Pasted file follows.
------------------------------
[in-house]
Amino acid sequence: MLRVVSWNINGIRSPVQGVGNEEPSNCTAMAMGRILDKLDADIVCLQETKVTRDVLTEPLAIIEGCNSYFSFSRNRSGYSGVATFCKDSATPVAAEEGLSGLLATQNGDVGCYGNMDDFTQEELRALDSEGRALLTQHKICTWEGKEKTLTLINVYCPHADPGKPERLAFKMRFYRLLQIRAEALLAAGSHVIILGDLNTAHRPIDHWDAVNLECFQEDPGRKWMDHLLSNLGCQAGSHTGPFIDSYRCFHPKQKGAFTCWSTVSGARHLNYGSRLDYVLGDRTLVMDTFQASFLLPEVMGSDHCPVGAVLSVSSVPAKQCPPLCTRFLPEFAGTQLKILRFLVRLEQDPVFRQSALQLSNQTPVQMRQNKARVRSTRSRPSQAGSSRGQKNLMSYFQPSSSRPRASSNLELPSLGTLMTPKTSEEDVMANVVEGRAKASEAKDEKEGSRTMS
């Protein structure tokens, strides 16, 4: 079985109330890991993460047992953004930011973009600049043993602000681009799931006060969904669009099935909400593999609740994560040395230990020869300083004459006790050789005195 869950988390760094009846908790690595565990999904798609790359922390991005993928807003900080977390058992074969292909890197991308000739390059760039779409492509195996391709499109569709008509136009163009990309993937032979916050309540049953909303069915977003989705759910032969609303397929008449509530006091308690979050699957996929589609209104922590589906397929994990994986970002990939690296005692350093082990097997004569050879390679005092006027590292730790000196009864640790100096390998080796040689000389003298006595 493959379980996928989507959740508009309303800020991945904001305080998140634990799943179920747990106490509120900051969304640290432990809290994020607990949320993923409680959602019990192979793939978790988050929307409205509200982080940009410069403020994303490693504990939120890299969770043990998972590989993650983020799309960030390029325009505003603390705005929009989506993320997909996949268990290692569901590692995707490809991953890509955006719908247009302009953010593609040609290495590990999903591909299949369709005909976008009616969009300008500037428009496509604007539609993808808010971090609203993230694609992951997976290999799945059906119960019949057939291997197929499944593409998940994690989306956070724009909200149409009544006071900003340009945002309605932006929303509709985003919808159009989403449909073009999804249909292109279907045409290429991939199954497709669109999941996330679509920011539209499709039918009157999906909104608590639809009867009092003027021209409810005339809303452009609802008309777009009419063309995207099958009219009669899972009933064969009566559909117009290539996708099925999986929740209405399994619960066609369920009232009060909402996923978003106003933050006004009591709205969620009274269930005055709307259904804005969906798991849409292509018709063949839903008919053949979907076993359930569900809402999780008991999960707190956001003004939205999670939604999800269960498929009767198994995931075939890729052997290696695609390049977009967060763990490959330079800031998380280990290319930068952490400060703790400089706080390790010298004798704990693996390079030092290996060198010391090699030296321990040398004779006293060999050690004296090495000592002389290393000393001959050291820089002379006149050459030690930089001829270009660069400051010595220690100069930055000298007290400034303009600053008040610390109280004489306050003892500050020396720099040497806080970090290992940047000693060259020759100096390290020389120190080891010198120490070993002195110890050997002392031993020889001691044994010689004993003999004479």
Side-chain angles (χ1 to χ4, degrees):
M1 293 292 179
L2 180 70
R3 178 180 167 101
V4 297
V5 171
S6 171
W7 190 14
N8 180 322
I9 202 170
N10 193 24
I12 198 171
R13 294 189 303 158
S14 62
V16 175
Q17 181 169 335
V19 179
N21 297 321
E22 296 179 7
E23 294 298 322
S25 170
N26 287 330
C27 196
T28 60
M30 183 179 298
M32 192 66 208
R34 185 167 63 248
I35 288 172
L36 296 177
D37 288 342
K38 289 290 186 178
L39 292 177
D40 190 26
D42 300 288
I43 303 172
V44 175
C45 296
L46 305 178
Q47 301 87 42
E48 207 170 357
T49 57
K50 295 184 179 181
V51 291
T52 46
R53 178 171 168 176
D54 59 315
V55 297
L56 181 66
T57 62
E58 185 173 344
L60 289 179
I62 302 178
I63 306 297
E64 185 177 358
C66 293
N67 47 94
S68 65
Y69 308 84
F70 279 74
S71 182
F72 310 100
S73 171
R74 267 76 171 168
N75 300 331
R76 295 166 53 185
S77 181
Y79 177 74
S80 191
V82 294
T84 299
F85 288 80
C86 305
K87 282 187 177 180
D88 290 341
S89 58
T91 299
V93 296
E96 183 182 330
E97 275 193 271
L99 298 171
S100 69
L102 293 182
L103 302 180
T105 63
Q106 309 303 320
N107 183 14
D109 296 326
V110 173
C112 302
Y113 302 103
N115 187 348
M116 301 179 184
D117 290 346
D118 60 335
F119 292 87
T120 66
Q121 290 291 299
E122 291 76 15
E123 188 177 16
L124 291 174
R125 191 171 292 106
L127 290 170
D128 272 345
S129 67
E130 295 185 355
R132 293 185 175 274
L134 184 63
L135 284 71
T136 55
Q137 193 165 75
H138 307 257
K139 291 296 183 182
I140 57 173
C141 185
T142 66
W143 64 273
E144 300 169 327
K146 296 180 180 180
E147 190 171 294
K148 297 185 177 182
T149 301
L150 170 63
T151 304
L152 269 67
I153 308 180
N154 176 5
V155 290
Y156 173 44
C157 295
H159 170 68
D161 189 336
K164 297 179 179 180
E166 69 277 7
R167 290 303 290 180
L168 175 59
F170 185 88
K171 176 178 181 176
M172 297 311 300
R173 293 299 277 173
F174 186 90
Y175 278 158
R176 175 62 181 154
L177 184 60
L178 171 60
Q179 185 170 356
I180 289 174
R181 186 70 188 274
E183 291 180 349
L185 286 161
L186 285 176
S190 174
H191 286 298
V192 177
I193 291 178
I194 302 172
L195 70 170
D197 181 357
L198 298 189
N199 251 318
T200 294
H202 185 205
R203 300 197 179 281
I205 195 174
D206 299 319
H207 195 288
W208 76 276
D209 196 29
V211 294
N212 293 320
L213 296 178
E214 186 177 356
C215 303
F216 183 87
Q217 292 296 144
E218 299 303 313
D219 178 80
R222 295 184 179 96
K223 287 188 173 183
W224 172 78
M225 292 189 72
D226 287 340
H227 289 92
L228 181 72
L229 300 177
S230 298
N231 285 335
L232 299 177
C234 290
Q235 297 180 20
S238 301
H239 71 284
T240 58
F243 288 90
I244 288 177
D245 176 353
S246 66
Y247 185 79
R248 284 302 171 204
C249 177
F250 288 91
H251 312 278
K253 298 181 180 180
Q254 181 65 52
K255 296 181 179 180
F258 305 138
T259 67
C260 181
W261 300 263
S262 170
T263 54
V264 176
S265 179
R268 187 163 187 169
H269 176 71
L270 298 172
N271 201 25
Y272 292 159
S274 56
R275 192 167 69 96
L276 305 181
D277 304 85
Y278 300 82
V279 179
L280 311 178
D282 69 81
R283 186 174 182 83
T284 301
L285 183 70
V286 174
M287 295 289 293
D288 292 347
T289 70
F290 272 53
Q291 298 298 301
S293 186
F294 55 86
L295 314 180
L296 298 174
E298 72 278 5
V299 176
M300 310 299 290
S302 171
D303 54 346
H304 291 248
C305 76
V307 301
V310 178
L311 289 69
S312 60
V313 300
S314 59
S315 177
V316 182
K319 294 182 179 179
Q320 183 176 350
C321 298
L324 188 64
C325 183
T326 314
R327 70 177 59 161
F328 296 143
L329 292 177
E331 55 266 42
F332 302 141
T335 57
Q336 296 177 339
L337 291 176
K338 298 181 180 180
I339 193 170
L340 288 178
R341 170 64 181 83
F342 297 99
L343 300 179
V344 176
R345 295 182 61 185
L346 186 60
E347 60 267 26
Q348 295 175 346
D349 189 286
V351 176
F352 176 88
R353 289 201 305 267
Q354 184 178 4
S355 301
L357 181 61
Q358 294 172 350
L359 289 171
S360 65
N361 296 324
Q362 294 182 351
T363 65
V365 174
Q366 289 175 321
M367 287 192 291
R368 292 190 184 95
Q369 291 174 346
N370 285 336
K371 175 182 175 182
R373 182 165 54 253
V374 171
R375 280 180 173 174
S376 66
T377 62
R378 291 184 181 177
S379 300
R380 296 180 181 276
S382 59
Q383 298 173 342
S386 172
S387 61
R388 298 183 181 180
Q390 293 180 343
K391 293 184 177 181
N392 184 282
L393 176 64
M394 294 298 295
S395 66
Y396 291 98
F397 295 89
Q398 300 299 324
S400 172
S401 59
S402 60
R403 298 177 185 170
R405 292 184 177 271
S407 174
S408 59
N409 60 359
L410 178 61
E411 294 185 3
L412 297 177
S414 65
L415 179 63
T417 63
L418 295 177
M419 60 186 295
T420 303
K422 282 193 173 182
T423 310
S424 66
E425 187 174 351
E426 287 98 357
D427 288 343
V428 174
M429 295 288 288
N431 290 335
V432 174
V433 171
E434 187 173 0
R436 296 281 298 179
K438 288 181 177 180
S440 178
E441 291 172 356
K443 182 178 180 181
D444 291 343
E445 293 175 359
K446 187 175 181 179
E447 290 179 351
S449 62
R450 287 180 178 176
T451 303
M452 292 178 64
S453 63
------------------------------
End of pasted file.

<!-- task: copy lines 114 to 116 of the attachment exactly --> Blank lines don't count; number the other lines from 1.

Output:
H138 307 257
K139 291 296 183 182
I140 57 173